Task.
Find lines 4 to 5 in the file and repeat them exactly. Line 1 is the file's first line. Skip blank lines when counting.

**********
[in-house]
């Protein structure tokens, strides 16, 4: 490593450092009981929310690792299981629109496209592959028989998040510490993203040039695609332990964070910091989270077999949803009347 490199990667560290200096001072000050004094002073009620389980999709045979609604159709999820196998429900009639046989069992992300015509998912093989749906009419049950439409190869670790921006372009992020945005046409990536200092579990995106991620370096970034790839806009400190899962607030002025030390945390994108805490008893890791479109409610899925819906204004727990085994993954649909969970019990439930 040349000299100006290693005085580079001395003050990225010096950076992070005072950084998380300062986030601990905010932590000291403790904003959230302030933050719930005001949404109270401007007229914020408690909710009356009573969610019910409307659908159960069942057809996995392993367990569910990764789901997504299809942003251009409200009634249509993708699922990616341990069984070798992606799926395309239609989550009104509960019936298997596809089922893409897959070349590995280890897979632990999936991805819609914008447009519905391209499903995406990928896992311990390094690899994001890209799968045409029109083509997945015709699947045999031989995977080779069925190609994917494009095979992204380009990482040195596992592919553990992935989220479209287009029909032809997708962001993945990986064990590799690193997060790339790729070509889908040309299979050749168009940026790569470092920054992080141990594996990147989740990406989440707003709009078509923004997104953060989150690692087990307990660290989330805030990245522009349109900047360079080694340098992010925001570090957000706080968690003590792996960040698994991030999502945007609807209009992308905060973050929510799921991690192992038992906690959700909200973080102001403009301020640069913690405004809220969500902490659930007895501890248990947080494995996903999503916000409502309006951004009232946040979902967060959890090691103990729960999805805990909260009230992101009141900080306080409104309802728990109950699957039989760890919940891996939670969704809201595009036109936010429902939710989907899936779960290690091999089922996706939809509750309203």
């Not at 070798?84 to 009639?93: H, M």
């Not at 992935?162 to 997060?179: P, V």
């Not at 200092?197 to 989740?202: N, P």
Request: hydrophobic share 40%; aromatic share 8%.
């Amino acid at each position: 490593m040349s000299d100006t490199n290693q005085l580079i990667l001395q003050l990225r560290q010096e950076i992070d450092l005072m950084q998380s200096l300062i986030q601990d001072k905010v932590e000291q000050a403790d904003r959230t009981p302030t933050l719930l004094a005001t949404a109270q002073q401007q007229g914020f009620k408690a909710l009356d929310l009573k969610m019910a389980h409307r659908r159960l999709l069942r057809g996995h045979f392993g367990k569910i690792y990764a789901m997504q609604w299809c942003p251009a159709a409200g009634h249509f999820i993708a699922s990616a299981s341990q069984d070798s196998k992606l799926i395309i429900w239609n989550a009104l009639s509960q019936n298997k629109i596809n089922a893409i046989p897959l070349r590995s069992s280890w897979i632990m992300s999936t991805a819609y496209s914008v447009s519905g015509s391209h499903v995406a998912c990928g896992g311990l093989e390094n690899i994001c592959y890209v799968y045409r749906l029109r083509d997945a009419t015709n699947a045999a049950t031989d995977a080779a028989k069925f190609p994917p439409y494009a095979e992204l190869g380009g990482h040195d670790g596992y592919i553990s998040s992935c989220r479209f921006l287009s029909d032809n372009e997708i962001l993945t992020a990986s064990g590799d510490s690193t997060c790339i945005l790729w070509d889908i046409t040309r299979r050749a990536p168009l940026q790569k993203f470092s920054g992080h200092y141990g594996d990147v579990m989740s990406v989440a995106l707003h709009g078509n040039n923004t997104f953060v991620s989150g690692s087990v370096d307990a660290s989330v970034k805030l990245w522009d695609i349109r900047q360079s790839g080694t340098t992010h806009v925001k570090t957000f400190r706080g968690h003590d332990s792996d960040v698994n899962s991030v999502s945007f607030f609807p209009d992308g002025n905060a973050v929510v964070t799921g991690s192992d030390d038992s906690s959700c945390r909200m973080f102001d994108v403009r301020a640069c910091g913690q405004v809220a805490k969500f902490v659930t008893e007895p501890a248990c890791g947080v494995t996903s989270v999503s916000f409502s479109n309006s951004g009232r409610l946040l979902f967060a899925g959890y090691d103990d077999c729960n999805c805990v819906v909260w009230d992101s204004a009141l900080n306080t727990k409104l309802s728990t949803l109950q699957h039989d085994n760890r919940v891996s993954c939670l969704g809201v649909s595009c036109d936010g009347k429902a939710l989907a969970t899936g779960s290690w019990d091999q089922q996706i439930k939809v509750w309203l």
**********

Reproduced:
């Not at 992935?162 to 997060?179: P, V």
């Not at 200092?197 to 989740?202: N, P």